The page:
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  Good introductory text for matrix string theory

+ 7 like - 0 dislike

Where can I find a good introductory text for matrix string theory? Most textbooks don't cover it, or only cover it very superficially.

What is the basic idea behind matrix string theory? How can matrices be equivalent to strings?

This post imported from StackExchange Physics at 2014-03-24 03:35 (UCT), posted by SE-user Eliza

asked Mar 6, 2011 in Theoretical Physics by Eliza (35 points) [ revision history ]
retagged May 7, 2014 by dimension10
the answer at the end has a link of general string theory references arxiv.org/abs/hep-th/0311044

This post imported from StackExchange Physics at 2014-03-24 03:35 (UCT), posted by SE-user anna v

I have removed the "resources" tag since Lubos's answer is more than a resource recommendation.  

1 Answer

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Dear Eliza, matrix string theory may be viewed just as a variation of BFSS Matrix Theory, although arguably an important one, and the original papers are the full introductions at the same moment.


Some of the few hundred followups deal with some more technical issues.

The last paper in the list above, which is the newest one, should be the most optimized one. To say the least, it contains the most detailed treatment of the interactions. One may enumerate a couple of reviews of BFSS Matrix Theory. Some of them dedicate some time to matrix string theory, some of them don't. For example, see


A derivation of BFSS Matrix Theory was given by Seiberg:


M-theory in 11 dimensions may be compactified on a nearly light-like (slightly space-like) circle - which is still consistent. $X^-$ becomes a periodic variable, $X^-\approx X^-+2\pi R$. (This light-cone treatment was automatically used in my paper above but it was Lenny Susskind who took credit for it months later - much ado about nothing. The original BFSS paper was using the "infinite momentum frame".) In the lightlike limit, a Lorentz boost may map the compactification to a compactification of M-theory on a very short spatial circle in 11D Planck units (because the proper length of the nearly light-like circle was tiny) - which is type IIA string theory. Units of momenta along the compact light-like direction become D0-branes.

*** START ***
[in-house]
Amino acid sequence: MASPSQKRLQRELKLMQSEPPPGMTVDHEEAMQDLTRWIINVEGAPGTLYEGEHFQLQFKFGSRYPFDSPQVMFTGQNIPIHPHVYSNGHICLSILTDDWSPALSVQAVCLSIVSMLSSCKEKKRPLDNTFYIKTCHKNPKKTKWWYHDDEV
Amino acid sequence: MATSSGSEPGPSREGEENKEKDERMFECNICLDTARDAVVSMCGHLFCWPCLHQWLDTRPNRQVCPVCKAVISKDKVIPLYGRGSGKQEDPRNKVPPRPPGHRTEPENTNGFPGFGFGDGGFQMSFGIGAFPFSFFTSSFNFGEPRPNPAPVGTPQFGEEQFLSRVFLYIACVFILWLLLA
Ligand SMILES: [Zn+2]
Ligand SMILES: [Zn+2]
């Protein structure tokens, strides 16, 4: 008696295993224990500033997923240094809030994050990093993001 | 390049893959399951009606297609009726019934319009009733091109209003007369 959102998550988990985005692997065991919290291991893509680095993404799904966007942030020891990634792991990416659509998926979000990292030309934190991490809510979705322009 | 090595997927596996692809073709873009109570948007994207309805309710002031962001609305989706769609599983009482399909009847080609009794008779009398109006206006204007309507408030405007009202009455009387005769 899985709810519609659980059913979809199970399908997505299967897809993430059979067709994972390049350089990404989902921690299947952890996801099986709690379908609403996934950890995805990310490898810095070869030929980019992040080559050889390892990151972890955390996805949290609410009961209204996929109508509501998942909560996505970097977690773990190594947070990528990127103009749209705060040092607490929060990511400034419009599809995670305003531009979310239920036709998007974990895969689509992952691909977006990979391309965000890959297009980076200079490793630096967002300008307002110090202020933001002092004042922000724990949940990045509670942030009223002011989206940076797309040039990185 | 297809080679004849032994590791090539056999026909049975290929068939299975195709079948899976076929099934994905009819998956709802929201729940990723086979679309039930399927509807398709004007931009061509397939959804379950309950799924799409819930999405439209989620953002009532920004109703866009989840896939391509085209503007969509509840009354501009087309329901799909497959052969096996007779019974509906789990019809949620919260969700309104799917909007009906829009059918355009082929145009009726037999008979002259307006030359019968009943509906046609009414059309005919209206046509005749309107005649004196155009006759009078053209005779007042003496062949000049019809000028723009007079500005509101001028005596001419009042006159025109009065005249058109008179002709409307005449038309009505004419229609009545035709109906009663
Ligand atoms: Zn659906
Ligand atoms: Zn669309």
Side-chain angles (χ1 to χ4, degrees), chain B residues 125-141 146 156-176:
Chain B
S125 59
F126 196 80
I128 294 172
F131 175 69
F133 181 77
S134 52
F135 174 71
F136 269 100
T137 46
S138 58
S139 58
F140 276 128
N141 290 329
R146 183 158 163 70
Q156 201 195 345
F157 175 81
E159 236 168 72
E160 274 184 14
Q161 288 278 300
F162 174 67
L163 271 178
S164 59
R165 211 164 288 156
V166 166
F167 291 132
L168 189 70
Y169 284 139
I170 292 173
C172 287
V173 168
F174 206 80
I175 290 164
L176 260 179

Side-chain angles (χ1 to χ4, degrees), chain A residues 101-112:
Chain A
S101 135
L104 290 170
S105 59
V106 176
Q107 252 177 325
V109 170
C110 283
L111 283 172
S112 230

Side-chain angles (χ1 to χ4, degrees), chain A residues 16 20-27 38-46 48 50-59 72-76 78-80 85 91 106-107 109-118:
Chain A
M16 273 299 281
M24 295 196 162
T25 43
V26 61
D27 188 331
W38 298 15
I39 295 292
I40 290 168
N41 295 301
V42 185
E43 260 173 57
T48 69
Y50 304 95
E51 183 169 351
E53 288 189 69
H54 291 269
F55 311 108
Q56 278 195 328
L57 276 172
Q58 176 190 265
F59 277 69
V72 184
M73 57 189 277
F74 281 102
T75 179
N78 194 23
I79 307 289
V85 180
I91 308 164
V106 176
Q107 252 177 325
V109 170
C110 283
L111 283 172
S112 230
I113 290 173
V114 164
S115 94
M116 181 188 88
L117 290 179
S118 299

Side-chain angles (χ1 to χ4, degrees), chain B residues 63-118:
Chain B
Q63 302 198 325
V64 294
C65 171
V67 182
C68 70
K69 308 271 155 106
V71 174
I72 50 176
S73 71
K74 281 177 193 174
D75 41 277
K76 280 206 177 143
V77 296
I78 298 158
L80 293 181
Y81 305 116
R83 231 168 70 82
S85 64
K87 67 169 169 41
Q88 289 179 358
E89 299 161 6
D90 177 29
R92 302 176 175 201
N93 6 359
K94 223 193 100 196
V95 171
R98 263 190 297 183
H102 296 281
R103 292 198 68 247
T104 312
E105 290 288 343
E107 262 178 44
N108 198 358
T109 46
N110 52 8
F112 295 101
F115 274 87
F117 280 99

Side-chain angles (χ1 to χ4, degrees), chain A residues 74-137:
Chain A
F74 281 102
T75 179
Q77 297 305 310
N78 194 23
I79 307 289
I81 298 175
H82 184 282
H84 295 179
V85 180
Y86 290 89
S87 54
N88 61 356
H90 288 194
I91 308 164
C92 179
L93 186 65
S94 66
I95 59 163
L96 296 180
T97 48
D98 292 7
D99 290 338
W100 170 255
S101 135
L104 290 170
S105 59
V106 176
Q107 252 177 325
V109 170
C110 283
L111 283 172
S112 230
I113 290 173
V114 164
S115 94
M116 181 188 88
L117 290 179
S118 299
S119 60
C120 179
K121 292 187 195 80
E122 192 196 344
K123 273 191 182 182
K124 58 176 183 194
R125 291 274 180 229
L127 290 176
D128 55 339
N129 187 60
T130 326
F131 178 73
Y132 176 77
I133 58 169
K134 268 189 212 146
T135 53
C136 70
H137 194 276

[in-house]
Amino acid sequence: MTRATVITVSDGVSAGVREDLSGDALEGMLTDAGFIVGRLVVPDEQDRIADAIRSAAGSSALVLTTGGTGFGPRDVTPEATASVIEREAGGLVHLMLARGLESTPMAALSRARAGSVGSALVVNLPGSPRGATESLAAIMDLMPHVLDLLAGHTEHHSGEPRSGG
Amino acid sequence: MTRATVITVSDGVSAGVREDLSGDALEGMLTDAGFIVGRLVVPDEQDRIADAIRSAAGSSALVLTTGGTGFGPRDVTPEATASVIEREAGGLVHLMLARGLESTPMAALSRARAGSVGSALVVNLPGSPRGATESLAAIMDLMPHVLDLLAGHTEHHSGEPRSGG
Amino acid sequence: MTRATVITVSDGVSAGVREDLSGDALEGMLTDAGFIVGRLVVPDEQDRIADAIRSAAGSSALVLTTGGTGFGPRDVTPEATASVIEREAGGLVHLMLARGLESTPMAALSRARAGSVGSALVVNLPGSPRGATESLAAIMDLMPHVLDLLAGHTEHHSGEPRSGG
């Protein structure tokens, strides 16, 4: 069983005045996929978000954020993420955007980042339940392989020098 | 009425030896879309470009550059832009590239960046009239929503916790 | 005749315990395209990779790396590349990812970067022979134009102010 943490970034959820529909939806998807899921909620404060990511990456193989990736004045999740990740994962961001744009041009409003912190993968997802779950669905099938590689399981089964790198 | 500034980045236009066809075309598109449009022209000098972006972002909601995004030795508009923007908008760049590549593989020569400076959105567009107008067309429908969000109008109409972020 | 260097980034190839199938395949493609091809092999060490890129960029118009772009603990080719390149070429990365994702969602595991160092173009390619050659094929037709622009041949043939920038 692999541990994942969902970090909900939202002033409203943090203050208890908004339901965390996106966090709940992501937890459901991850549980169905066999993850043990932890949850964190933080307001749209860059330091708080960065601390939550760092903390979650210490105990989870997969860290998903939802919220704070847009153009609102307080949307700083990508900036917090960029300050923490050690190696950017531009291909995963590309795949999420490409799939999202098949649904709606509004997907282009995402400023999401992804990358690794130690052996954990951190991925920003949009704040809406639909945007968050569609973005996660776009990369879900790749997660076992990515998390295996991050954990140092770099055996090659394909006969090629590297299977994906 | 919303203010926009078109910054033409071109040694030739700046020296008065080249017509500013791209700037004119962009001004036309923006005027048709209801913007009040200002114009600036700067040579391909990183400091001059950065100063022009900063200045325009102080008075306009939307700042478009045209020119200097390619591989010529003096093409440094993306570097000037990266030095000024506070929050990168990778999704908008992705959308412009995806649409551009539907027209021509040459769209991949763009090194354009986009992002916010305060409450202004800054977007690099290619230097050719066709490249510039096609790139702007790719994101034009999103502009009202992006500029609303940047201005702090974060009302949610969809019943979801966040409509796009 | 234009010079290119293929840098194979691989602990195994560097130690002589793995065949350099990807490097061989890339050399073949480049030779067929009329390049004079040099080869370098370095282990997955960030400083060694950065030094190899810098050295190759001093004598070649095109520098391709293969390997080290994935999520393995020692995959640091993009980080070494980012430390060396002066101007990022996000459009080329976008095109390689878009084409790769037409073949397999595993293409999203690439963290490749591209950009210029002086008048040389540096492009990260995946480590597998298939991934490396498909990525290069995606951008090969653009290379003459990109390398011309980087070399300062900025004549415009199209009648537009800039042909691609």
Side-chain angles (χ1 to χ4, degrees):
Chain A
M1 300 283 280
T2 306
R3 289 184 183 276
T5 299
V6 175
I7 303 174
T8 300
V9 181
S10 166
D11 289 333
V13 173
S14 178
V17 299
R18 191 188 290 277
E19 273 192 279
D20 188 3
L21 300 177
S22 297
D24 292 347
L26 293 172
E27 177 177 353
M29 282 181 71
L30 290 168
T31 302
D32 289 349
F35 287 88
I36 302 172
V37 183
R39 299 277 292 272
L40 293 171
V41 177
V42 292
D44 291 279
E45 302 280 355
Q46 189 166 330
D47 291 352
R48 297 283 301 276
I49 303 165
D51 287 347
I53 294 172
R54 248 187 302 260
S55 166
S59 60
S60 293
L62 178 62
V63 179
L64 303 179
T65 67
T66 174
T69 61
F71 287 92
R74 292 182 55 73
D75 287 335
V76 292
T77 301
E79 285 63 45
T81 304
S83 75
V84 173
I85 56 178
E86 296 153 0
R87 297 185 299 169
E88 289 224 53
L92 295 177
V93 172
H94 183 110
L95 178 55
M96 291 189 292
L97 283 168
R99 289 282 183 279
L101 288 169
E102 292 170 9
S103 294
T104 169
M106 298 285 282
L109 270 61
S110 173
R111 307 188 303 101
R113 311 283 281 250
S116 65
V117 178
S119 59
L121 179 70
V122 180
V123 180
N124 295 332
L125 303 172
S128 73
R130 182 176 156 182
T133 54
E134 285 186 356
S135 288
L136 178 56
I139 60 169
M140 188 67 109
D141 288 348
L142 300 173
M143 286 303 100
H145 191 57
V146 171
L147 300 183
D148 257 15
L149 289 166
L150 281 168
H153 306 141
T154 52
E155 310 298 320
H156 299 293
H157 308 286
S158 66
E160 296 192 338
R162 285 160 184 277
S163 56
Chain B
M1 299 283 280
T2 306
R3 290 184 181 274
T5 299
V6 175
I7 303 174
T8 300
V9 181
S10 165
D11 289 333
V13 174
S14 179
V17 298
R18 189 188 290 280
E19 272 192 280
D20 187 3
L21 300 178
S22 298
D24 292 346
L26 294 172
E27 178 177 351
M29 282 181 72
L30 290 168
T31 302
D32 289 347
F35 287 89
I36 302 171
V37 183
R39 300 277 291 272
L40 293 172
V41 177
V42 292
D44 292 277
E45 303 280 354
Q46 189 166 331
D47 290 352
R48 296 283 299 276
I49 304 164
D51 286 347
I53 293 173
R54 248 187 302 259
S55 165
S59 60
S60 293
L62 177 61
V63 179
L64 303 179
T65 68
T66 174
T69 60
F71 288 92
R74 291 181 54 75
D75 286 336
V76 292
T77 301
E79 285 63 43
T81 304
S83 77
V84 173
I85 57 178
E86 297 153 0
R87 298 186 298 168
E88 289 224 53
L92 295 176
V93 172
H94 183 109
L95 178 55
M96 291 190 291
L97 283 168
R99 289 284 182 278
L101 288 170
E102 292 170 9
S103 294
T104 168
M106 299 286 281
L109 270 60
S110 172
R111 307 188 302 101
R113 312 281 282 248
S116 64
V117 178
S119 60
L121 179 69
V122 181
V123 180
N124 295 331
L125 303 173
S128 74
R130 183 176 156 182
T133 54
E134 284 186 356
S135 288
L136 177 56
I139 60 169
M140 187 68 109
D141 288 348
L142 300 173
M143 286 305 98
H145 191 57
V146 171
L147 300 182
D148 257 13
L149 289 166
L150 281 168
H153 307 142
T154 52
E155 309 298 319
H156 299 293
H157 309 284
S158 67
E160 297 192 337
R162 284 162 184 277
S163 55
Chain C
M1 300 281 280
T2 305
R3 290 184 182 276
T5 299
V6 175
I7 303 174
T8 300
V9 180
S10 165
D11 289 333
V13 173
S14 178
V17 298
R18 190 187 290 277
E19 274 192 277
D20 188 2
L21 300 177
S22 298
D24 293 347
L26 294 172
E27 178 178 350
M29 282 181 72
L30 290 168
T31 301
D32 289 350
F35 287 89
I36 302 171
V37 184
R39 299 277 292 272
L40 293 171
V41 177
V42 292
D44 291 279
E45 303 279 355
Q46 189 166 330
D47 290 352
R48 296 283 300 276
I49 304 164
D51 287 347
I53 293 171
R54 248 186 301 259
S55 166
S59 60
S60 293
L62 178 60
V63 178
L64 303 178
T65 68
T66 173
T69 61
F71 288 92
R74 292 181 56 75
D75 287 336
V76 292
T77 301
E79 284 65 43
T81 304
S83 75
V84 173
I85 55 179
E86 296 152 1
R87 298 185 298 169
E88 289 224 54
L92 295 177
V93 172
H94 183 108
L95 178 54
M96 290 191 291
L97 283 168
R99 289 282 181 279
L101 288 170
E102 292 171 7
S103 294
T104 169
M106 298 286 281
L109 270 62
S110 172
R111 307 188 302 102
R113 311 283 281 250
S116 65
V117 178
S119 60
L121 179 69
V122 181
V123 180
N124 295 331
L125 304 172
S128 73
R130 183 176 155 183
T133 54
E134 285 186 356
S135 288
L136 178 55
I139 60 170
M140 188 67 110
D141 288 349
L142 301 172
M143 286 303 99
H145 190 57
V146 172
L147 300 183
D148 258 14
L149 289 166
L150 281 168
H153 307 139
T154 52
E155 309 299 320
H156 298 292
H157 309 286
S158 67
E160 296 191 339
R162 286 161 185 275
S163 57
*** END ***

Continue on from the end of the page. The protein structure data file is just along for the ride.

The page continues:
The kinematic regime guarantees that these D0-branes are non-relativistic. They're well-described by the non-relativistic supersymmetric quantum mechanics - the matrix model - which is the dimensional reduction of the 10D supersymmetric Yang-Mills theory to 0+1 dimensions. The gauge group is $U(N)$. It has 16 non-trivial real supercharges.

So one can show that all of physics of M-theory, if studied in the light-cone gauge, is equivalent to an ordinary non-gravitational matrix model - a quantum mechanical model with matrix degrees of freedom. The eigenvalues of the $X^i$ matrices may be viewed as the positions of the gravitons (or their superpartners) in 11 dimensions; a threshold (zero-binding-energy) bound state of several such eigenvalues (which can be proved to exist, a remarkable property of $SU(N)$ supersymmetric quantum mechanics) are gravitons that carry a higher number of units of the quantized light-like (longitudinal) momentum.

All interactions are encoded in the off-diagonal elements of the matrices which are classically zero but whose virtual quantum effects make the eigenvalues interact so that the resulting picture is indistinguishable from 11D supergravity at low energies; much like AdS/CFT, it is an equivalence of a gravitational theory and a non-gravitational one (in some sense, the compact light-like direction $X^-$ of the matrix model is the holographic direction). The model contains black holes and all other expected objects, too: extended branes may be added. The identical natural of gravitons and gravitinos - with the right Bose-Einstein and Fermi-Dirac statistics - appears because the permutation group is embedded into the $U(N)$ gauge group of the quantum mechanical model, and all physical states must therefore be invariant under this $U(N)$ i.e. also $S_N$. The compact M2-branes (membranes) appear most directly because the whole BFSS matrix model may be viewed as a discretization of the M2-brane world volume theory in M-theory - assuming that the world volume coordinates generate a non-commutative geometry. This equivalence may be derived in a straightforward way, especially for the toroidal and spherical topology of the M2-branes. M5-branes are harder to see but they must be there, too.